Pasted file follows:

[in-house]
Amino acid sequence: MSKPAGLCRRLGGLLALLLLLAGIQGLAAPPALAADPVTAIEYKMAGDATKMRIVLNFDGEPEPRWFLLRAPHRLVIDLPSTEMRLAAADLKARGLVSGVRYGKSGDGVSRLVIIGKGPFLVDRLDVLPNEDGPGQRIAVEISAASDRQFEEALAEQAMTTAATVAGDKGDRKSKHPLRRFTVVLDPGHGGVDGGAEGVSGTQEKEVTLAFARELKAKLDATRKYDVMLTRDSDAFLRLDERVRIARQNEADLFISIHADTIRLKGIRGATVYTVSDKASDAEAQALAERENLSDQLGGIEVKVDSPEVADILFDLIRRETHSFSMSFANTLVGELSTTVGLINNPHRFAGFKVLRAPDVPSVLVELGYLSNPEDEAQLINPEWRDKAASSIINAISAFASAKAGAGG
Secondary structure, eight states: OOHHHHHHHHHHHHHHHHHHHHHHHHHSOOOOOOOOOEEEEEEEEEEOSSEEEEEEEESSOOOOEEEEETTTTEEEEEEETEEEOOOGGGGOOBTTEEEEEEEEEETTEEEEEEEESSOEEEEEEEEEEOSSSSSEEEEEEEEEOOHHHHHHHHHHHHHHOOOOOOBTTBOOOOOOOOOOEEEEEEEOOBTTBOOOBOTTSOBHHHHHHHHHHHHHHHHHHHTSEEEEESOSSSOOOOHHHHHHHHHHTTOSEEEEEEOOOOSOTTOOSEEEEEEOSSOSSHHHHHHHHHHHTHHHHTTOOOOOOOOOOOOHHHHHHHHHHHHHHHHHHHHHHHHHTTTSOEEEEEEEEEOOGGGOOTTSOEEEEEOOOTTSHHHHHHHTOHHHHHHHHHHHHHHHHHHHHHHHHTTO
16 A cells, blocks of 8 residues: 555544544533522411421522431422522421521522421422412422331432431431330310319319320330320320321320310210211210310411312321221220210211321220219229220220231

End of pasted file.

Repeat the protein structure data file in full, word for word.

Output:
[in-house]
Amino acid sequence: MSKPAGLCRRLGGLLALLLLLAGIQGLAAPPALAADPVTAIEYKMAGDATKMRIVLNFDGEPEPRWFLLRAPHRLVIDLPSTEMRLAAADLKARGLVSGVRYGKSGDGVSRLVIIGKGPFLVDRLDVLPNEDGPGQRIAVEISAASDRQFEEALAEQAMTTAATVAGDKGDRKSKHPLRRFTVVLDPGHGGVDGGAEGVSGTQEKEVTLAFARELKAKLDATRKYDVMLTRDSDAFLRLDERVRIARQNEADLFISIHADTIRLKGIRGATVYTVSDKASDAEAQALAERENLSDQLGGIEVKVDSPEVADILFDLIRRETHSFSMSFANTLVGELSTTVGLINNPHRFAGFKVLRAPDVPSVLVELGYLSNPEDEAQLINPEWRDKAASSIINAISAFASAKAGAGG
Secondary structure, eight states: OOHHHHHHHHHHHHHHHHHHHHHHHHHSOOOOOOOOOEEEEEEEEEEOSSEEEEEEEESSOOOOEEEEETTTTEEEEEEETEEEOOOGGGGOOBTTEEEEEEEEEETTEEEEEEEESSOEEEEEEEEEEOSSSSSEEEEEEEEEOOHHHHHHHHHHHHHHOOOOOOBTTBOOOOOOOOOOEEEEEEEOOBTTBOOOBOTTSOBHHHHHHHHHHHHHHHHHHHTSEEEEESOSSSOOOOHHHHHHHHHHTTOSEEEEEEOOOOSOTTOOSEEEEEEOSSOSSHHHHHHHHHHHTHHHHTTOOOOOOOOOOOOHHHHHHHHHHHHHHHHHHHHHHHHHTTTSOEEEEEEEEEOOGGGOOTTSOEEEEEOOOTTSHHHHHHHTOHHHHHHHHHHHHHHHHHHHHHHHHTTO
16 A cells, blocks of 8 residues: 555544544533522411421522431422522421521522421422412422331432431431330310319319320330320320321320310210211210310411312321221220210211321220219229220220231